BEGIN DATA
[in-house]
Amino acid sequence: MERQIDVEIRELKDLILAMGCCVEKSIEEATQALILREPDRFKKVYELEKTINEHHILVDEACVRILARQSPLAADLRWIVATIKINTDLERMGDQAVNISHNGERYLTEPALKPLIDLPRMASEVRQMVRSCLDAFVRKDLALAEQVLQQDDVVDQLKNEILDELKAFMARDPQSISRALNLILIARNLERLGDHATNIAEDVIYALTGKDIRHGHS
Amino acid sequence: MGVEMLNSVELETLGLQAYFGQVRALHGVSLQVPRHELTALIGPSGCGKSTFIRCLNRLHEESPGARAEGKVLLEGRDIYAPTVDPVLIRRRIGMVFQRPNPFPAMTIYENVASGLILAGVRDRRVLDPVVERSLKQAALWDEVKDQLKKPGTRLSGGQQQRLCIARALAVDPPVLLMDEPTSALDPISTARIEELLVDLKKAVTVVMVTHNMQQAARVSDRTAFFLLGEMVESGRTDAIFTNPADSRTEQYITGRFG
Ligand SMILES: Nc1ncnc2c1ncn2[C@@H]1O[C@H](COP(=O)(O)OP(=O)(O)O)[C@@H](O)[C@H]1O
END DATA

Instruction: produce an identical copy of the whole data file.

[in-house]
Amino acid sequence: MERQIDVEIRELKDLILAMGCCVEKSIEEATQALILREPDRFKKVYELEKTINEHHILVDEACVRILARQSPLAADLRWIVATIKINTDLERMGDQAVNISHNGERYLTEPALKPLIDLPRMASEVRQMVRSCLDAFVRKDLALAEQVLQQDDVVDQLKNEILDELKAFMARDPQSISRALNLILIARNLERLGDHATNIAEDVIYALTGKDIRHGHS
Amino acid sequence: MGVEMLNSVELETLGLQAYFGQVRALHGVSLQVPRHELTALIGPSGCGKSTFIRCLNRLHEESPGARAEGKVLLEGRDIYAPTVDPVLIRRRIGMVFQRPNPFPAMTIYENVASGLILAGVRDRRVLDPVVERSLKQAALWDEVKDQLKKPGTRLSGGQQQRLCIARALAVDPPVLLMDEPTSALDPISTARIEELLVDLKKAVTVVMVTHNMQQAARVSDRTAFFLLGEMVESGRTDAIFTNPADSRTEQYITGRFG
Ligand SMILES: Nc1ncnc2c1ncn2[C@@H]1O[C@H](COP(=O)(O)OP(=O)(O)O)[C@@H](O)[C@H]1O